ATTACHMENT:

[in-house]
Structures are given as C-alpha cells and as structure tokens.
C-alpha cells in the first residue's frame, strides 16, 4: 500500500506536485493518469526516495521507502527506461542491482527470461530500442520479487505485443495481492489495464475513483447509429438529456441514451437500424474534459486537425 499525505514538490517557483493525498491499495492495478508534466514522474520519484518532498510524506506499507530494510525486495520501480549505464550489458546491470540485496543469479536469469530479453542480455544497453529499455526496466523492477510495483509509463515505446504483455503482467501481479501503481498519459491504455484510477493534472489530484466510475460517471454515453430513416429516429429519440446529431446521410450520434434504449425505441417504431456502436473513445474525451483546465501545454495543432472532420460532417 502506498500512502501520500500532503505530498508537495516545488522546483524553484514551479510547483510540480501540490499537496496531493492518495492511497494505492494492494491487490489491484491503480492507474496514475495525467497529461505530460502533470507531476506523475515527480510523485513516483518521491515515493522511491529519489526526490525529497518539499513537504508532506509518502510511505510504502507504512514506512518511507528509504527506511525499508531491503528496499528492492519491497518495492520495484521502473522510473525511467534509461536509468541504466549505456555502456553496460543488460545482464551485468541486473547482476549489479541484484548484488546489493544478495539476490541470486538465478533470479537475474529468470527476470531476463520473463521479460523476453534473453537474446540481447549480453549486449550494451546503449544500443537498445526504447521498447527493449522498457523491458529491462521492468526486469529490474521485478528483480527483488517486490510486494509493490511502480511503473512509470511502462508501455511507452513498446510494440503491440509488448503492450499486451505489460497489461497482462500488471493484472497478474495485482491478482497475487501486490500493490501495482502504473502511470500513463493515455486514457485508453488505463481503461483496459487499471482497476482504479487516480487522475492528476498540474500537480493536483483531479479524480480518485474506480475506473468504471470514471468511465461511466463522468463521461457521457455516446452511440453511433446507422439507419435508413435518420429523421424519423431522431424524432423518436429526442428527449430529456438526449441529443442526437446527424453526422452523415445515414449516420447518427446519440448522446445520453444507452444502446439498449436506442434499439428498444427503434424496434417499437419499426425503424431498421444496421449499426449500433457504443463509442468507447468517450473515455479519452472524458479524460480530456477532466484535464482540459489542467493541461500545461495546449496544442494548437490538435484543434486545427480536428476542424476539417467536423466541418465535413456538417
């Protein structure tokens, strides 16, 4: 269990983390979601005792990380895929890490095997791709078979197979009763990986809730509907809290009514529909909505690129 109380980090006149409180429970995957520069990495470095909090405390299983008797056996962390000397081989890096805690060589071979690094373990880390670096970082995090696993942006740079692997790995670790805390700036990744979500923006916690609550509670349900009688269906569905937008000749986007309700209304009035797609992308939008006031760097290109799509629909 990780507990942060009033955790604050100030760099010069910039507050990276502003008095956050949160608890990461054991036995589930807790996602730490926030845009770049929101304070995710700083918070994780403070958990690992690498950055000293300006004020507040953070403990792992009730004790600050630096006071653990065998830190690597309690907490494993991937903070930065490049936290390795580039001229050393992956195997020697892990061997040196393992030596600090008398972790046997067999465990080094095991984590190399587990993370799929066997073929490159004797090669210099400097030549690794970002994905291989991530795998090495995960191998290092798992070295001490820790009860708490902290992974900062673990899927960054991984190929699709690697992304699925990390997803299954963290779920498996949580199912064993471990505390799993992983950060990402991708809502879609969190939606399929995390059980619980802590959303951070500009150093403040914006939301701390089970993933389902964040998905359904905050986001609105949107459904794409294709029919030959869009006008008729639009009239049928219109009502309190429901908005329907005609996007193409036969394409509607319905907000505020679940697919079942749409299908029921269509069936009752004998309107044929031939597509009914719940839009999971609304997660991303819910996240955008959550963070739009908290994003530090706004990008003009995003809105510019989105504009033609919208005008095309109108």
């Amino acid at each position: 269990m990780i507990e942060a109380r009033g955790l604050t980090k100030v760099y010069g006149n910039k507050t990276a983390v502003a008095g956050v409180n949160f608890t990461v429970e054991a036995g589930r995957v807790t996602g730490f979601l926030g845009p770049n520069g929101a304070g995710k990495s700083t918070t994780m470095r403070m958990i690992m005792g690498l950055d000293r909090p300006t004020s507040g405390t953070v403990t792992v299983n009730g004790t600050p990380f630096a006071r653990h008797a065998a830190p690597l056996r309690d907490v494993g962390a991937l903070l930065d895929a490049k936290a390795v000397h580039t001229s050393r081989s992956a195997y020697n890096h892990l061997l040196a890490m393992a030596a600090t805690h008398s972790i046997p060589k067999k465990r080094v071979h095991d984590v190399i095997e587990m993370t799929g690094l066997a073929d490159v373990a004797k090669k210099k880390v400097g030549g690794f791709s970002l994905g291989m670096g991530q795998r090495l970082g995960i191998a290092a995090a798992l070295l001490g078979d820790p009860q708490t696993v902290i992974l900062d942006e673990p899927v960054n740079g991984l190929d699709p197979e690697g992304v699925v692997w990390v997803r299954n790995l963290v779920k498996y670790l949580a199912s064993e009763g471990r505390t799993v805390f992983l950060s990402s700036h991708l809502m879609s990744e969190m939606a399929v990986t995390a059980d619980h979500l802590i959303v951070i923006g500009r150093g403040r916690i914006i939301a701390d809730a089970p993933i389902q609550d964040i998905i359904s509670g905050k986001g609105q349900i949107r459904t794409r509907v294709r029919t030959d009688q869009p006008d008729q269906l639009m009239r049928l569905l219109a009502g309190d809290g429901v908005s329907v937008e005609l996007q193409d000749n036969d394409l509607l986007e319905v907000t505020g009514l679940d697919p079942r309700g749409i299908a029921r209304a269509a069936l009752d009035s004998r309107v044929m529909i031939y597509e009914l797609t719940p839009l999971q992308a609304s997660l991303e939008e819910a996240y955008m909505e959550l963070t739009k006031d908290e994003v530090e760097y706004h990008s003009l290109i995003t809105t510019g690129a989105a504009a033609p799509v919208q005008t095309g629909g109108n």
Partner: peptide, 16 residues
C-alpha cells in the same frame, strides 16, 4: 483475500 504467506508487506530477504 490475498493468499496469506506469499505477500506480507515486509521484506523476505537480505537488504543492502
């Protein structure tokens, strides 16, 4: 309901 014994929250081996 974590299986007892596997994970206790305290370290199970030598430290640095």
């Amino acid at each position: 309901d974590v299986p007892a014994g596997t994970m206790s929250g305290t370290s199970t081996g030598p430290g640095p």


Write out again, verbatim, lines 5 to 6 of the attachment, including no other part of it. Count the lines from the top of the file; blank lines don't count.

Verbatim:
């Amino acid at each position: 269990m990780i507990e942060a109380r009033g955790l604050t980090k100030v760099y010069g006149n910039k507050t990276a983390v502003a008095g956050v409180n949160f608890t990461v429970e054991a036995g589930r995957v807790t996602g730490f979601l926030g845009p770049n520069g929101a304070g995710k990495s700083t918070t994780m470095r403070m958990i690992m005792g690498l950055d000293r909090p300006t004020s507040g405390t953070v403990t792992v299983n009730g004790t600050p990380f630096a006071r653990h008797a065998a830190p690597l056996r309690d907490v494993g962390a991937l903070l930065d895929a490049k936290a390795v000397h580039t001229s050393r081989s992956a195997y020697n890096h892990l061997l040196a890490m393992a030596a600090t805690h008398s972790i046997p060589k067999k465990r080094v071979h095991d984590v190399i095997e587990m993370t799929g690094l066997a073929d490159v373990a004797k090669k210099k880390v400097g030549g690794f791709s970002l994905g291989m670096g991530q795998r090495l970082g995960i191998a290092a995090a798992l070295l001490g078979d820790p009860q708490t696993v902290i992974l900062d942006e673990p899927v960054n740079g991984l190929d699709p197979e690697g992304v699925v692997w990390v997803r299954n790995l963290v779920k498996y670790l949580a199912s064993e009763g471990r505390t799993v805390f992983l950060s990402s700036h991708l809502m879609s990744e969190m939606a399929v990986t995390a059980d619980h979500l802590i959303v951070i923006g500009r150093g403040r916690i914006i939301a701390d809730a089970p993933i389902q609550d964040i998905i359904s509670g905050k986001g609105q349900i949107r459904t794409r509907v294709r029919t030959d009688q869009p006008d008729q269906l639009m009239r049928l569905l219109a009502g309190d809290g429901v908005s329907v937008e005609l996007q193409d000749n036969d394409l509607l986007e319905v907000t505020g009514l679940d697919p079942r309700g749409i299908a029921r209304a269509a069936l009752d009035s004998r309107v044929m529909i031939y597509e009914l797609t719940p839009l999971q992308a609304s997660l991303e939008e819910a996240y955008m909505e959550l963070t739009k006031d908290e994003v530090e760097y706004h990008s003009l290109i995003t809105t510019g690129a989105a504009a033609p799509v919208q005008t095309g629909g109108n």
Partner: peptide, 16 residues